5 taken to hospital in Durham after high carbon monoxide reading

Location of carbon monoxide problem in Durham Thursday. (Lauren Haviland, WNCN)

DURHAM, N.C. (WNCN) – Five people were transported to the hospital after Durham firefighters detected a high reading of carbon monoxide early Thursday morning.

The firefighters responded to an apartment at the 1200 block of Miami Boulevard around 3:30 a.m. Thursday. Kenneth Johnson, who lives on the left-hand side of the apartment, called after his carbon monoxide alarms went off.

Location of carbon monoxide problem in Durham Thursday. (Lauren Haviland, WNCN)
Location of carbon monoxide problem in Durham Thursday. (Lauren Haviland, WNCN)

He says two alarms in his home were beeping. Initially, he thought they were malfunctioning and even took them outside to try to get them to stop. When he brought them back inside, he realized they were alerting him to an actual threat.

“It was kind of hard for me to breathe, not really light-headed per se, coughing, felt a little dizzy,” he said. “And, I am very very thankful and grateful that I was awake when everything was going down.”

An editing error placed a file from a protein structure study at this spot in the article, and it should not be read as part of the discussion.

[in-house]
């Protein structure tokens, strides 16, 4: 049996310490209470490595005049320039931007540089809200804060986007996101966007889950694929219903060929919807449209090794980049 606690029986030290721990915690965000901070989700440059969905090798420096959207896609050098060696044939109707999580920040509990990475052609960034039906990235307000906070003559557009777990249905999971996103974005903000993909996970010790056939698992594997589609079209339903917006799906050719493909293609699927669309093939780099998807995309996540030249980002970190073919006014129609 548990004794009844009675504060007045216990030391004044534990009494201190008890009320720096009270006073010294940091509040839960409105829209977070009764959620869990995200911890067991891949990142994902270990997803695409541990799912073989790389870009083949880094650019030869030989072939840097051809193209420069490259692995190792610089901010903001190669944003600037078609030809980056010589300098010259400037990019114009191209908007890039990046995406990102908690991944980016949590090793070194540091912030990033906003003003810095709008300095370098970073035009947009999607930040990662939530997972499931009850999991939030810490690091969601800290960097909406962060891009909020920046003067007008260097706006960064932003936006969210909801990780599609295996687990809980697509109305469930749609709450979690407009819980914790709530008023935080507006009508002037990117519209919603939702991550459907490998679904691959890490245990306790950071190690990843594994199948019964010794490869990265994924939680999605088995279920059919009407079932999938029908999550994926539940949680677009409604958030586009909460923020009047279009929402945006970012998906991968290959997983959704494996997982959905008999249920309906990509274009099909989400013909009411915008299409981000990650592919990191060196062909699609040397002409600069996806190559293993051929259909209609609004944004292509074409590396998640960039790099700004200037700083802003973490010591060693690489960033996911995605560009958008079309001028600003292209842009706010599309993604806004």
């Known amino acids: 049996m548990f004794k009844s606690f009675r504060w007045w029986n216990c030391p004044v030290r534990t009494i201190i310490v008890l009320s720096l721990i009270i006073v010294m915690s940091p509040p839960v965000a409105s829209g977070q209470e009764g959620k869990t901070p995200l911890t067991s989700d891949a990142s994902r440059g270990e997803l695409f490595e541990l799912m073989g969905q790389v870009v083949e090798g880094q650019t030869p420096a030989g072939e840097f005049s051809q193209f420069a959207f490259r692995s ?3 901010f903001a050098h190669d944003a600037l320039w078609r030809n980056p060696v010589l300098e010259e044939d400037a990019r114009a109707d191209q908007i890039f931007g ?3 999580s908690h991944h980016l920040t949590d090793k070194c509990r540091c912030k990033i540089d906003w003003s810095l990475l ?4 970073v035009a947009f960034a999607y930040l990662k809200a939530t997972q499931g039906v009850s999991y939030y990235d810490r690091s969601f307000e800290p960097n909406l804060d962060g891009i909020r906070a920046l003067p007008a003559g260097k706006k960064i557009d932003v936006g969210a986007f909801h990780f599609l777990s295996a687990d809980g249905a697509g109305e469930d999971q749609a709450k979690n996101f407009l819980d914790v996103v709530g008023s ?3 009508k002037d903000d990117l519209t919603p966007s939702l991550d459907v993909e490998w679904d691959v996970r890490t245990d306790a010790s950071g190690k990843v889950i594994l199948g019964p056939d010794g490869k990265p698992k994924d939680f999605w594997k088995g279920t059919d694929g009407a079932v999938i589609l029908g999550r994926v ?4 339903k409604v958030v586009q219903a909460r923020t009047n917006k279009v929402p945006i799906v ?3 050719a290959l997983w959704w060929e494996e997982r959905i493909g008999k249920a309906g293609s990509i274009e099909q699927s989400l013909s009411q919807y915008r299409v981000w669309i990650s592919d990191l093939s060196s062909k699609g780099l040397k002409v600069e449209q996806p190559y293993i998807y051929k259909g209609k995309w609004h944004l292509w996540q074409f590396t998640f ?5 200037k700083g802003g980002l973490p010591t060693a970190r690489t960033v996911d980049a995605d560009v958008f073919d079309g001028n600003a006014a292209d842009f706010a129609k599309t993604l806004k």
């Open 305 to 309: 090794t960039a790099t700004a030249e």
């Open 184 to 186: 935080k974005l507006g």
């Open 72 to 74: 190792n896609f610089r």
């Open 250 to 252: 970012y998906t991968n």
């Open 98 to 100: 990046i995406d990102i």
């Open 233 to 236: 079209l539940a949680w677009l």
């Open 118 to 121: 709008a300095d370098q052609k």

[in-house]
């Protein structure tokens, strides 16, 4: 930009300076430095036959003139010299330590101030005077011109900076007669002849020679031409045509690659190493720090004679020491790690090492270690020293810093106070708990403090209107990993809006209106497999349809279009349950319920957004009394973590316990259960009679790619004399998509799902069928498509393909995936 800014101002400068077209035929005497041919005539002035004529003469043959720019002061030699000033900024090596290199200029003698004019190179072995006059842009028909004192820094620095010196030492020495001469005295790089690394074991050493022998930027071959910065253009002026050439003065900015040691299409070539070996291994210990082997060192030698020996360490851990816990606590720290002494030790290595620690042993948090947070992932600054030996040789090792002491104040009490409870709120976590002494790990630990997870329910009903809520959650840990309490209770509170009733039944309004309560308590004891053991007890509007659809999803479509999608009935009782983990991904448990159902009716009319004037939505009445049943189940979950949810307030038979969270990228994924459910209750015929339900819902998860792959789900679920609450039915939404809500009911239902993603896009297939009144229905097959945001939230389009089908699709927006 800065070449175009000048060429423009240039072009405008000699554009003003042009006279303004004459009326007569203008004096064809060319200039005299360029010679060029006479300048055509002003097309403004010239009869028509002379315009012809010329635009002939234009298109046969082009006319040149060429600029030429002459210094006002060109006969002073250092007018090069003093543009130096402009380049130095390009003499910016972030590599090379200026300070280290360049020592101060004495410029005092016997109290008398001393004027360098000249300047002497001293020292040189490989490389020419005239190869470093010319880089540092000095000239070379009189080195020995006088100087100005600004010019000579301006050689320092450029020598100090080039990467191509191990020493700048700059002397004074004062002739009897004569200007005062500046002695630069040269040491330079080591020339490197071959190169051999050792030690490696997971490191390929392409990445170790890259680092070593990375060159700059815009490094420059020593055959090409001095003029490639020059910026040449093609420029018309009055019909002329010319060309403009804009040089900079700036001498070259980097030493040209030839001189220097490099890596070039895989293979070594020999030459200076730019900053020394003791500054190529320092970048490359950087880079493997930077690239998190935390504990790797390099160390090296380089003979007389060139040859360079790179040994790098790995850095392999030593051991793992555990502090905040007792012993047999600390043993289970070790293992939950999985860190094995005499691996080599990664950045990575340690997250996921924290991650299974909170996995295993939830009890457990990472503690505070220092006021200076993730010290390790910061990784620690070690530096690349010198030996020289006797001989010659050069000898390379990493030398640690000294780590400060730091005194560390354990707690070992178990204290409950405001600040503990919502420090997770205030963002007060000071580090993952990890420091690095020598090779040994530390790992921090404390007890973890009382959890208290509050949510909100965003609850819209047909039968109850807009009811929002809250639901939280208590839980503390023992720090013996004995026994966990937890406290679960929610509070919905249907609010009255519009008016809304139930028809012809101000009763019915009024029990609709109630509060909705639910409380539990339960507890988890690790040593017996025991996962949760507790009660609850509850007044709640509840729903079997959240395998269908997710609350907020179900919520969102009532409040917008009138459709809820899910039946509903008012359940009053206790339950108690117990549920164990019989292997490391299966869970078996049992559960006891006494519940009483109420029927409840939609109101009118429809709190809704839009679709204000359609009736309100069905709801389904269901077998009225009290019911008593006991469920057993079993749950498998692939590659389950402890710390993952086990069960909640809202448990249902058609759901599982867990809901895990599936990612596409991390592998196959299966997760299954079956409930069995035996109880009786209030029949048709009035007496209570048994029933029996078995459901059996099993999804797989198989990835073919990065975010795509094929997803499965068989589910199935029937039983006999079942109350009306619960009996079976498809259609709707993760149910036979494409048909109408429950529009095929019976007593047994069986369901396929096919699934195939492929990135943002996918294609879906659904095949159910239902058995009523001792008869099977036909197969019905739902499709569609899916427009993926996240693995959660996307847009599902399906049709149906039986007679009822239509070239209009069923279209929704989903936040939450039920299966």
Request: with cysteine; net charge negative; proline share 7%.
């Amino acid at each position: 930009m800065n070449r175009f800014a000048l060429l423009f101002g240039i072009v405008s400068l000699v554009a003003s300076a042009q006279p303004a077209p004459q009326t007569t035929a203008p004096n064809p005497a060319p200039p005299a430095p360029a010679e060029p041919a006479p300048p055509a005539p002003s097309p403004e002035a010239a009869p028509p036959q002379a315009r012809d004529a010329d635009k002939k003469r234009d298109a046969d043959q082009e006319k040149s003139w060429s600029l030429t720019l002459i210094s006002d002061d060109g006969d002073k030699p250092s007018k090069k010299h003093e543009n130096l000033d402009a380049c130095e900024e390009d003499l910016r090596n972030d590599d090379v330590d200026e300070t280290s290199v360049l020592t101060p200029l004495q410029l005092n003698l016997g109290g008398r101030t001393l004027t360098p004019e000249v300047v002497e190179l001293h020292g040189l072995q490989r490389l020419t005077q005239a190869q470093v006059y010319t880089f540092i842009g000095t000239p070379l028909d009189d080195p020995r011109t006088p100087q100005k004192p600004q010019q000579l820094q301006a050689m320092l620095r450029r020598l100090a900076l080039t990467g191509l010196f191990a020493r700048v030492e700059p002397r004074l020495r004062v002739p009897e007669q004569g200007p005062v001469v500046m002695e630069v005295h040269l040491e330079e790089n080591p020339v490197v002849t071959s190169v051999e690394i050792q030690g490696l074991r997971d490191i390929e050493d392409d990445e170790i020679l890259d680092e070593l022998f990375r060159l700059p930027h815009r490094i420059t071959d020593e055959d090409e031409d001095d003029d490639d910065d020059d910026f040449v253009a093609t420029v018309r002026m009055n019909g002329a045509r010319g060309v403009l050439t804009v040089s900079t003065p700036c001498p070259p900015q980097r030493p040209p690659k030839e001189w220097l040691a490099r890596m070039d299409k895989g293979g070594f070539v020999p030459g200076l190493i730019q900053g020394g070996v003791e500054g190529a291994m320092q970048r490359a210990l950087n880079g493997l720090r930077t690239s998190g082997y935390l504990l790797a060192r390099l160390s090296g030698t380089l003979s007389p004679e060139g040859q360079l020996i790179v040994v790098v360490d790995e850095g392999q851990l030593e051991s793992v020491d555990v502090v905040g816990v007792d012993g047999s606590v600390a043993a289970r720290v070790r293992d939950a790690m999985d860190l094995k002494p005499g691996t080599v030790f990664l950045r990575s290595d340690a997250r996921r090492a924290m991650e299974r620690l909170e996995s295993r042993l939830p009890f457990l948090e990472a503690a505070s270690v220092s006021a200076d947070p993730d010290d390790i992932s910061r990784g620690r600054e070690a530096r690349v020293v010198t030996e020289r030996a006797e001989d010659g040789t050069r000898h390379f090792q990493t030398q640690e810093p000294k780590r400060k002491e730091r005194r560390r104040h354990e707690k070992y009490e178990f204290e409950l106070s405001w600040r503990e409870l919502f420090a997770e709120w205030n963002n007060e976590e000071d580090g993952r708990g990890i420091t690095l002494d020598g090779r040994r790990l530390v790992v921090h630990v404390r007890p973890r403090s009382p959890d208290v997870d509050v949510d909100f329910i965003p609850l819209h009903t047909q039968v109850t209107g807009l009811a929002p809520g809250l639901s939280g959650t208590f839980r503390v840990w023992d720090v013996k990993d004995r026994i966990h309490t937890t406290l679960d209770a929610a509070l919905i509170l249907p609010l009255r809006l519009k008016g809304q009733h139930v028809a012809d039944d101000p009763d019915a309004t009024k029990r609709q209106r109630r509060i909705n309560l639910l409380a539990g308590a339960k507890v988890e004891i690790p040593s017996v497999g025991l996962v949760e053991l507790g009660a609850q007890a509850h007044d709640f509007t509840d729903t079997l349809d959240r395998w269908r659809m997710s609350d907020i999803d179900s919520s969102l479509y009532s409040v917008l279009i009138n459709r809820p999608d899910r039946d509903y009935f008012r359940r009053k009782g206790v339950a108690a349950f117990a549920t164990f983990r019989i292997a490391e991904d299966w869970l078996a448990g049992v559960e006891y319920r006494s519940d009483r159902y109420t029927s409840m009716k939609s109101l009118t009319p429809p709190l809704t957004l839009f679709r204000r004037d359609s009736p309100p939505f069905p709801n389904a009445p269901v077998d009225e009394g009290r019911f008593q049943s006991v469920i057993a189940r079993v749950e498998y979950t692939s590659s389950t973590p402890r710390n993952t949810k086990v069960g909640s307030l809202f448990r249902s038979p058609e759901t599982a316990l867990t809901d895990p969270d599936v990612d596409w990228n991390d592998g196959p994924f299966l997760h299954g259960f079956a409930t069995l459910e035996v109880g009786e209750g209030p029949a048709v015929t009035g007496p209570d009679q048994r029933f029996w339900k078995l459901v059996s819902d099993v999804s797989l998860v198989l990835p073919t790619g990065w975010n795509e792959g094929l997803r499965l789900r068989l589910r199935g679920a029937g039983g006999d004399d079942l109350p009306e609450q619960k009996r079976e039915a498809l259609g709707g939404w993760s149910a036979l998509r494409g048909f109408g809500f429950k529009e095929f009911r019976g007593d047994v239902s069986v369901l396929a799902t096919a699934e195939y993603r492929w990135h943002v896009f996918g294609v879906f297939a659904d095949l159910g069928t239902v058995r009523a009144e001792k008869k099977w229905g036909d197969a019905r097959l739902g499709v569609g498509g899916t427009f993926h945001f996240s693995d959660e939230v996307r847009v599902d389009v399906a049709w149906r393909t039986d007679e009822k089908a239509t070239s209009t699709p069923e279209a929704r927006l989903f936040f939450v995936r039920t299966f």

Officials detected carbon monoxide readings of greater than 600 parts per million, when a reading of less than 10 is normal.

One person in the dwelling was unresponsive and had to be moved by firefighters. The four people living in one part of the duplex had no electricity and used a generator.

Chris Iannuzzi, deputy chief with the Durham Fire Department, said the source of the problem was a generator running in the basement. Firefighters warned that generators should never be used in a dwelling.

“It was in a confined space, in the basement of the house. A generator should never be inside of a house,” Iannuzzi said.

Emergency responders credited Johnson with helping to avert what could have been a deadly tragedy.

That’s what they told me. Besides saving your own life, you saved the people’s lives next door,” he said. “Believe me when I say it’s a day I’ll never forget.”

Carbon monoxide is colorless, odorless and tasteless but it can cause headaches, dizziness and vomiting.

Neighbor John Weaver said his neighborhood is “predominantly quiet,” but that people know to take carbon monoxide seriously.

“It’s the silent killer,” he said.

Low Income Energy Assistance Program

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